Vulnerability CVE-2018-3640

Following this:

I installed spectre-meltdown-checker, which it seems to have found: CVE-2018-3640:KO
002 - VulnerabilitĂ 

What are your thoughts on this?
How much could the problem be affected in IPFire?
I thank you and have a good evening.

Hi @casabenedetti

I think Braswell CPUs are not affected but


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I thank you.
How can I verify the CPU ID?
The BIOS is not up to date. Aware that even an accidental error results in the machine breaking down, I try not to do that.

And comumany this is a discontinued generic mini PC. I doubt if BIOS updates can be found. The company seems nonexistent as well.

IPFire has the most up to date intel CPU microcode packages. I think this is saying that if the CPU is vulnerable to variant 3a then Intel have to provide an up-to-date CPU microcode for it.

However, as we said in the previous thread the Braswell CPU family is not longer getting any service support so Intel are not investigating if those CPU’s are affected or not and therefore not applying any available mitigation.

As the spectre-meltdon-checker script is from Intel then maybe they have investigated the variant 3a on braswell but then they have not supplied any microcode updates for it as IPFire has the most recently released version of both the Intel and AMD microcode updates.

Looking at CVE-2018-3640, it says that any attacker has to be able to get local access to the system to be able to run a side channel analysis on the system to be able to utilise the vulnerability.

A side channel analysis is a security exploit that attempts to extract secrets from a chip or a system. This can be achieved by measuring or analysing various physical parameters such as supply current, execution time, and electromagnetic emission.

So if you are unlikely to have an attacker able to physically be able to access your computer then this vulnerability is probably not critical for yourself.


I thank you for the valuable information.

How do you see the problem for IPFire?
Meaning: if by “physically accessing your computer,” you mean locally, I have no problem. I am the only user on my network.

Yes, it is meant locally. I reread everything more carefully :blush: :+1:.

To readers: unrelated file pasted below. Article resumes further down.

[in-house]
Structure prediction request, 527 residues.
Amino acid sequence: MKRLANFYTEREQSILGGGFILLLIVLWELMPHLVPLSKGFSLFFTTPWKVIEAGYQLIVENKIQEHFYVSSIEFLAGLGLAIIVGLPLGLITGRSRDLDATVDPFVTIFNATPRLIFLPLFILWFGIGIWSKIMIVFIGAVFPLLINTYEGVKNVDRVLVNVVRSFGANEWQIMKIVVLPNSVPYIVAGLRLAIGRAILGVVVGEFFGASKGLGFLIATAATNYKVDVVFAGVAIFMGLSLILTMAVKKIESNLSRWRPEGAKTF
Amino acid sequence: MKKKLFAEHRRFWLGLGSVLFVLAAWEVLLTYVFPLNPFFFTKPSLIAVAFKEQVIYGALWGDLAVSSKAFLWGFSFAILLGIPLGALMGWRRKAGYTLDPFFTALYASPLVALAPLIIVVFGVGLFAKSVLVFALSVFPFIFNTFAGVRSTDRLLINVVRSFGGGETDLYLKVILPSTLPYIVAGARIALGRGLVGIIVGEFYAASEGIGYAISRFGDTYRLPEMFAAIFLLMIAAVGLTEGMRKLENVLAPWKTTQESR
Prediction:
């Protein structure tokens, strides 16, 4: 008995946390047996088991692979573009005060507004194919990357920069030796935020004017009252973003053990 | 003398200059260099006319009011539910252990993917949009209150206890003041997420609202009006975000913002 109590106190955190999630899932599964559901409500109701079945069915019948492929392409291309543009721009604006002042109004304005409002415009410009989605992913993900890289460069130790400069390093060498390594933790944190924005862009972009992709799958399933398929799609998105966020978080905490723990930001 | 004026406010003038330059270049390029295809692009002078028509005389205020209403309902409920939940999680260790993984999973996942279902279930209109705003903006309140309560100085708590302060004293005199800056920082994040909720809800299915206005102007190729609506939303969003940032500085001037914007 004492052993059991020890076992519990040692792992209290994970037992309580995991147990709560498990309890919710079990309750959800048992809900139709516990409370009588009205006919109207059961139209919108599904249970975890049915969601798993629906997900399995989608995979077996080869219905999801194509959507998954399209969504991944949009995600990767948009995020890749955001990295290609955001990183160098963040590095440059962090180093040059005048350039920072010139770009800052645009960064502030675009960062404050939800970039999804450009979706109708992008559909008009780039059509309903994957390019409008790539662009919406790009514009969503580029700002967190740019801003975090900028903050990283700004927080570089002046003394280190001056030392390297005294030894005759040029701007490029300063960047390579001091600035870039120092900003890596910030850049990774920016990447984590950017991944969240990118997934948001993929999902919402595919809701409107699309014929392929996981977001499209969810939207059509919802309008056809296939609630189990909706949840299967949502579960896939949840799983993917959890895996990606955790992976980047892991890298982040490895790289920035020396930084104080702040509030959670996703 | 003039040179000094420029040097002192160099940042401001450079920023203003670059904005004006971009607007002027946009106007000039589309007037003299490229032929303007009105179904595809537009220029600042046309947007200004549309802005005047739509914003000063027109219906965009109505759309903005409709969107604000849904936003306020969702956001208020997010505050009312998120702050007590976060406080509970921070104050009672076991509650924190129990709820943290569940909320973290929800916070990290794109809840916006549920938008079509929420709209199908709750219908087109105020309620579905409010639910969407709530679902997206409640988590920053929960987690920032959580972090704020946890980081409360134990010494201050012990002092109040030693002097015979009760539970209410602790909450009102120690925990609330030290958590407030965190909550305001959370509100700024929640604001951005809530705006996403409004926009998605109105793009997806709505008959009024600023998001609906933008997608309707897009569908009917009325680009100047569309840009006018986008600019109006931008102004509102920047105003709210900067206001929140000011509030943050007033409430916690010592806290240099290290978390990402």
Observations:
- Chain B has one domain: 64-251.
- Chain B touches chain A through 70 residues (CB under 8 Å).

Well…not really… :wink:
The term “side channel attacks” became popular when someone found out, that e.g. you can monitor the current of a chip executing some crypto algorithm and then draw conclusions of the used secret in this algorithm. (If you like to know more about that, get some beer, lean back and take a look at: - it’s not only educational but very entertaining as well :wink: ) Later this term was used whenever it was possible to draw conclusions out of some environmental changes a process produces as a side effects. With spectre/meltdown this was some remnants from predictions a modern CPU computes to speed up things (as far, as I remember). And to use these remnants, you just need to be able to execute some code on the processor. This doesn’t imply a physical access.

But usually this becomes critical, if you have a system, where several different users/customers/… have access to - e g. a hosting provider where the customer should not have access to others. A user may get access to data/secrets/keys/passwords from other users by using this exploit. Maybe this works even across different virtual machines… Another scenario (more important for IPFire) is to use another exploit/misconfiguration/… to gain user level access and then use spectre/meltdown to claim root access.



I think I understand:
in my case, if my processor IPFire really had this vulnerability, I would not be at risk, because I am the only user on my network and I don’t provide hosting or anything like that to anybody. So theoretically, no one will be able to access my IPFire machine, except for a possible hacker attack on one of my local machines that acts as a client.
Is that correct?

In other words:
First, the attacker should be able to access (remotely) “my local network,” exploiting my hypothetical hosting or something else.
Then, it could also exploit CVE-2018-3640.

Hi @casabenedetti

first of all: if someone gets (remote) access to one of your local client, you have a much bigger problem and the security of your firewall is not important anymore :wink:

But back to the firewall vulnerability: I wouldn’t be that concerned about this spectre/meltdown thing. To compromise it, at least two steps were needed: first is to get any access to it in a way that allows code execution and only after this, the spectre/meltdown exploit can (with some luck on the attackers side) be used to gain root access. (Someone may please correct me, if I’m wrong!) If step one can’t be made, the exploit can’t be used.

To theoretically (!) complete this: imagine a scenario, where you run some service on the Firewall, that is accessible from outside or maybe just gets some data from outside that is processed on this machine - e.g. a reverse proxy or a blacklist download. If the reverse proxy has a bug which allows to inject some executable code or the server which hosts the blacklist gets compromised / dns-highjacked / … and the delivered data is manipulated in a way the blacklist parser on your firewall starts to execute something of it… Well… then step 1 is made and the attackers get access with the same rights, the service runs at (normally this is not root, whenever possible).

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Yes, I was thinking about that :wink:.

I had thought right that the attack should be in 2 stages.

I agree. I think I understand better what you told me. The attack, in any case, must be done directly on the machine affected by the vulnerability and in 2 steps, as explained. :+1: :blush: